Aren’t we already a ‘state sponsor of terrorism’?
Last week, major media outlets reported that the Obama administration was considering designating the Haqqani network a “terrorist organisation”. The New York Times, meanwhile, pointed out that the United States was considering the decision’s impact on its relationship with Pakistan.
The article added that “such a move would seem to bring Pakistan a step closer to being designated as a state sponsor of terrorism”.
Let’s address the issue of Pakistan being declared a “state sponsor of terrorism”.
On the list of terrorist organisations available on the US State Department’s website are familiar names like Lashkar-e-Jhangvi (LeJ), Lashkar-e-Taiba (LeT), Jaish-e-Mohammad, Harkatul Mujahideen, Jundallah and Tehreek-e-Taliban Pakistan (TTP). Most of these groups have also been declared banned organisations in Pakistan. However, people like Hafiz Saeed (founder of the LeT and considered to be the mastermind of the 26/11 Mumbai attacks) and Malik Ishaq (founder of the LeJ) have been repeatedly taken into custody and released by Pakistani courts.
The TTP, of course, needs no introduction. It has made a name for itself by attacking security installations and executing Shia Muslims. So, how can we still be considered a civilised state as opposed to one that “sponsors terrorism”, if we are home to these organisations? The official designation for the Haqqani network will not change anything. Patriots may point out that being home to the cream of terrorist organisations in the world does not mean that we’re state sponsors of terror.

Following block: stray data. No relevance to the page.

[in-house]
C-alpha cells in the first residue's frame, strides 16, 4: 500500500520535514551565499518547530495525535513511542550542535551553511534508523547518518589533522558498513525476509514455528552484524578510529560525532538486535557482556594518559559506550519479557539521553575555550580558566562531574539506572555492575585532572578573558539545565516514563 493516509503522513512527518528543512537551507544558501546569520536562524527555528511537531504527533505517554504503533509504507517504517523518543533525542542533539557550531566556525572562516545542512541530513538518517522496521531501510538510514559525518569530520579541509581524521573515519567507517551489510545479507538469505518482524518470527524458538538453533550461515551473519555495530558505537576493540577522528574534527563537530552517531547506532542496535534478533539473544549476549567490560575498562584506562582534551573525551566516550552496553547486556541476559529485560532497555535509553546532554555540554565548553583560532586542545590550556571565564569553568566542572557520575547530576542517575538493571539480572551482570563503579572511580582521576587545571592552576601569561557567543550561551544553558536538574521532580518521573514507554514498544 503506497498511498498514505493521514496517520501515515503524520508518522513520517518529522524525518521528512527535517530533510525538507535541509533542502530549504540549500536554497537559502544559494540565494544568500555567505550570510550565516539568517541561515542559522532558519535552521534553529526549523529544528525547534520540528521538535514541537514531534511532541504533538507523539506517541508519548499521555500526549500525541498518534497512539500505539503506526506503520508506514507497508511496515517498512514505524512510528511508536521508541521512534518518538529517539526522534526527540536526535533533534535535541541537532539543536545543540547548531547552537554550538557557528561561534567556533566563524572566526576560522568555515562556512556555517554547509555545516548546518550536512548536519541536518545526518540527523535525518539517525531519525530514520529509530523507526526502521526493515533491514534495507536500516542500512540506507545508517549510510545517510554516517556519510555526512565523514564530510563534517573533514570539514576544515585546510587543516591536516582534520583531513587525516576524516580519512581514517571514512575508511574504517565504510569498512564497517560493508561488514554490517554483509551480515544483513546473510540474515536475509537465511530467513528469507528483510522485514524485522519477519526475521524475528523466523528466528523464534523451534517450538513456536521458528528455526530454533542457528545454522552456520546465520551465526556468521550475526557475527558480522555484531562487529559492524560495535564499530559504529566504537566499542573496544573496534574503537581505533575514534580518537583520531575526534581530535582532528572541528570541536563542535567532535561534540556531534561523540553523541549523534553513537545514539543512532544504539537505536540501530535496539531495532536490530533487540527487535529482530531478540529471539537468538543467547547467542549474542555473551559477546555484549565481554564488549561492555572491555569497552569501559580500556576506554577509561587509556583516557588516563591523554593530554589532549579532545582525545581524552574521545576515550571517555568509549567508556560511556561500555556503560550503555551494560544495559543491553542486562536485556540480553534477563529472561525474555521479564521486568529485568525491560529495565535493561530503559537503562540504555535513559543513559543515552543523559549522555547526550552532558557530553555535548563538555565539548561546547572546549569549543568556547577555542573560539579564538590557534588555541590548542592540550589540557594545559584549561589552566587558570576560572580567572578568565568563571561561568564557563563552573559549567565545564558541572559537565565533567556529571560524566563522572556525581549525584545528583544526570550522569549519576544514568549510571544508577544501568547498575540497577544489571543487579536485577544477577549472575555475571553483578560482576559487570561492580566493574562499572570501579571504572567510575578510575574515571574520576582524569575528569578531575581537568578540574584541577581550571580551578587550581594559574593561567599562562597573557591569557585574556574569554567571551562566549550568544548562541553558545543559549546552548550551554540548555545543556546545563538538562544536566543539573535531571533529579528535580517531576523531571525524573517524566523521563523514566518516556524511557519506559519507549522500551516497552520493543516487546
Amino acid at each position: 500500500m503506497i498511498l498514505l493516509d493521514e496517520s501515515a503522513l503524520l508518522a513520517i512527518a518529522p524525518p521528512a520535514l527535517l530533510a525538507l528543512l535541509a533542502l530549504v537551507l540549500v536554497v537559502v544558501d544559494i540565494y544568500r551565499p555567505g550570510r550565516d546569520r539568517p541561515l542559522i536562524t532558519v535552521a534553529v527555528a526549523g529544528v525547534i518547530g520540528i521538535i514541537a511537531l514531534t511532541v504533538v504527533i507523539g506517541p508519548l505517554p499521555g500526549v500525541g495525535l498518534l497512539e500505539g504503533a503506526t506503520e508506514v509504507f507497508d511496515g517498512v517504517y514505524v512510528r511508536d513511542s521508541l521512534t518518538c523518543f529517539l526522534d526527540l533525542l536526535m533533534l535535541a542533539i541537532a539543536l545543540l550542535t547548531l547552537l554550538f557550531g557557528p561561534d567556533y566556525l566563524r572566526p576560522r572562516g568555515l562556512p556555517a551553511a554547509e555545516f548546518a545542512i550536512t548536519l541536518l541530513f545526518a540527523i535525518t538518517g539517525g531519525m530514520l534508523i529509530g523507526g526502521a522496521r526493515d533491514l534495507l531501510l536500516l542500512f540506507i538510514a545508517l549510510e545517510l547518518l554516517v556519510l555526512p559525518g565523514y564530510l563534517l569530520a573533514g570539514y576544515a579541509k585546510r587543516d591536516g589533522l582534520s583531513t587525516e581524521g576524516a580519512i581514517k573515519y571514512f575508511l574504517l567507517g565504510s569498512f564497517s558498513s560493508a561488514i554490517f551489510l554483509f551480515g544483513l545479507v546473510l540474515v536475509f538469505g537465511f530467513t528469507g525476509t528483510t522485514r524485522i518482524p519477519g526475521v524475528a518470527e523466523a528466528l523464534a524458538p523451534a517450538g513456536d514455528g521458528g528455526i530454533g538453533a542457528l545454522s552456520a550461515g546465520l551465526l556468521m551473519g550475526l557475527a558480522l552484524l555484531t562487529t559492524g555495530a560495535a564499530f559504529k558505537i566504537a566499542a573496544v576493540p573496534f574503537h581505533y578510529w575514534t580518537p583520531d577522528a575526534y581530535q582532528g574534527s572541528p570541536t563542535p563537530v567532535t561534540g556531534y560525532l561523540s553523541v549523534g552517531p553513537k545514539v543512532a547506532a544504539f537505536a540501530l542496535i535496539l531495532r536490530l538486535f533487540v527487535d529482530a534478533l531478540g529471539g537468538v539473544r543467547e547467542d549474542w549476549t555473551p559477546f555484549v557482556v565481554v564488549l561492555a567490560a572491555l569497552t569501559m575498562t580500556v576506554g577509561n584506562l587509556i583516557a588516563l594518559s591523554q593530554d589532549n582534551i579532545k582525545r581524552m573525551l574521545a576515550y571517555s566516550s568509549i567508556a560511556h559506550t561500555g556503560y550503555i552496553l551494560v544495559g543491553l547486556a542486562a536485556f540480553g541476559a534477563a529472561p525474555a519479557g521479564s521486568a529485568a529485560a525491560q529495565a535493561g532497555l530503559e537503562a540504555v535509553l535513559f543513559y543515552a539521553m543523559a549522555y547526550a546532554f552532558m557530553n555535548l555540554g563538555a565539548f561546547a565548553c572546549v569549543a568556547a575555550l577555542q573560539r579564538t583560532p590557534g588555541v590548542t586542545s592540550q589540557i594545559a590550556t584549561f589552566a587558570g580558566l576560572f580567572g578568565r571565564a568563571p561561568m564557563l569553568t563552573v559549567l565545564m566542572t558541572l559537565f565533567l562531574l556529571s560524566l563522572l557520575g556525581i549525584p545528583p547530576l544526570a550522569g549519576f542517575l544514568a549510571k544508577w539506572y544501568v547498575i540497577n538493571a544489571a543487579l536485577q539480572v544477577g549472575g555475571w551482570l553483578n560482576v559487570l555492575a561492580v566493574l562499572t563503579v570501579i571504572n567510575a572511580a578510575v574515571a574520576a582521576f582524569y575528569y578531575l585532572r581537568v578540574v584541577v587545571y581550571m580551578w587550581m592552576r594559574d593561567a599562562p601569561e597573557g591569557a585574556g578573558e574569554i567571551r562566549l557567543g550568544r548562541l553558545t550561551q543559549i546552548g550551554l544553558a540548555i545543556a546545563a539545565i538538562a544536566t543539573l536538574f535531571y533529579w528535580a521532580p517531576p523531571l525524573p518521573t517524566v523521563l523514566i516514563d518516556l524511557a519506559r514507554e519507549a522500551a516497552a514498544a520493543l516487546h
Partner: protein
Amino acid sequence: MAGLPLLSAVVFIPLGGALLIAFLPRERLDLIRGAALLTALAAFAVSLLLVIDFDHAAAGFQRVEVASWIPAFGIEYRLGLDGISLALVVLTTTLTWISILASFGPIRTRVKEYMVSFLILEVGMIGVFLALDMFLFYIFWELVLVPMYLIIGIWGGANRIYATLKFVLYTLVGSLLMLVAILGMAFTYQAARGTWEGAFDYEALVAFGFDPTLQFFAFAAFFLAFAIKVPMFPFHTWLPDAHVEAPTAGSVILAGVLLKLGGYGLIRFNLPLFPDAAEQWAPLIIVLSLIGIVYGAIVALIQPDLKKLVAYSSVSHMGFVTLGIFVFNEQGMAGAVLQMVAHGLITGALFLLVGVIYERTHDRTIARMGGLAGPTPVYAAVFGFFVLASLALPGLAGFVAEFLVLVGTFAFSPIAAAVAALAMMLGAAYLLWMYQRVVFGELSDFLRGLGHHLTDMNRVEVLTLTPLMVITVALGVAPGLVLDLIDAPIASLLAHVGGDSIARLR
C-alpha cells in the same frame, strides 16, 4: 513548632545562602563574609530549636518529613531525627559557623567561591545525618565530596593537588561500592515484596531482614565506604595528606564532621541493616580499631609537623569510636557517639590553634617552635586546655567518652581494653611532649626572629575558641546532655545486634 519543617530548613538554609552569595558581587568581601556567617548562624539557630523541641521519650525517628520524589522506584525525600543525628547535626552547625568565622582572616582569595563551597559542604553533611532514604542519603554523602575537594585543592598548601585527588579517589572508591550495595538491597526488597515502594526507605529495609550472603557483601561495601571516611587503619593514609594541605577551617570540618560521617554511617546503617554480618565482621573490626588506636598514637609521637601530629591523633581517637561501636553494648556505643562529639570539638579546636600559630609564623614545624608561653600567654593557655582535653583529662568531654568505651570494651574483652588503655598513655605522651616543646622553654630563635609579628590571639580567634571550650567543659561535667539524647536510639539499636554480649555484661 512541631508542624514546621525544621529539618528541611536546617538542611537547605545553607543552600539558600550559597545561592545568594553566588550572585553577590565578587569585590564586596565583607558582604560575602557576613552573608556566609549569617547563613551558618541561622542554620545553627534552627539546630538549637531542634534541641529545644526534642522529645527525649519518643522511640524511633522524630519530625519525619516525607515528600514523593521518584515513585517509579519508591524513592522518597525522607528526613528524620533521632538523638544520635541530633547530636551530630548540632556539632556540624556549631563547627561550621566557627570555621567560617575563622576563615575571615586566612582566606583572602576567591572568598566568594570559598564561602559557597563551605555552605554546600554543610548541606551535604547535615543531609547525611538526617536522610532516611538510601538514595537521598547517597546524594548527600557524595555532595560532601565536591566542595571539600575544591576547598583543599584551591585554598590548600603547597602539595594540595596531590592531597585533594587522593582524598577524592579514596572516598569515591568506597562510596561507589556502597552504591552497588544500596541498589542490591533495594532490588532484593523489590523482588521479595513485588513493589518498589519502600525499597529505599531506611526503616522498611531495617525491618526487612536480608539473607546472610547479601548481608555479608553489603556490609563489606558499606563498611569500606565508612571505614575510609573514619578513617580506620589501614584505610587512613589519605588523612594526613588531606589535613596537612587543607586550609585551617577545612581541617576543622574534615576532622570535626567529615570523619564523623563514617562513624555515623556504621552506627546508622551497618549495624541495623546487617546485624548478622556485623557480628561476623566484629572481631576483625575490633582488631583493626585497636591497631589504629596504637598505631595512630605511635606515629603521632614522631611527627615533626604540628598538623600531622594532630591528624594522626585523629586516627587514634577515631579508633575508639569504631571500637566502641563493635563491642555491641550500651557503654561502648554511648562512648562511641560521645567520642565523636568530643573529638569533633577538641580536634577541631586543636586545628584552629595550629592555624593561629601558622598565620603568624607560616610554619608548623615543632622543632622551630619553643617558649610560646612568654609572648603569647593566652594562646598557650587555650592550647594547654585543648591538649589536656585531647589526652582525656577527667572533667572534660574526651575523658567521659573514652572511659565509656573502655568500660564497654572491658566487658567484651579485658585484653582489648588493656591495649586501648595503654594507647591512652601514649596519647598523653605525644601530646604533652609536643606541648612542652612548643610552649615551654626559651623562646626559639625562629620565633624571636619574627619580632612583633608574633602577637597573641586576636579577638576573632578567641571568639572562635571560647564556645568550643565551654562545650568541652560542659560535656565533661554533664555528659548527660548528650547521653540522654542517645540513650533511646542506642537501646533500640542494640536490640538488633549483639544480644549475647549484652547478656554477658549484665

However, that argument is hard to make when the Lahore High Court releases extremists and the Pakistan Army needs all kinds of persuasion from national and international entities to launch an offensive against fundamentalist camps. Our security agencies have themselves admitted that they are in contact with the Haqqanis but carefully added that they are in no way supporting them.
The Haqqanis have been credited with well-executed attacks in Afghanistan in recent years, and they will have a say in the so-called ‘endgame’ in Afghanistan, unless the US manages to obliterate every last Haqqani through drone strikes.
The designation is supposed to make it difficult for the group to gather funds but since these organisations are principally funded by wealthy monarchs in the Middle East and by desperate families whose loved ones they kidnap for ransom, it would all amount to a publicity stunt at best.
Read more by Ali here.
The views expressed by the writer and the reader comments do not necessarily reflect the views and policies of The Express Tribune.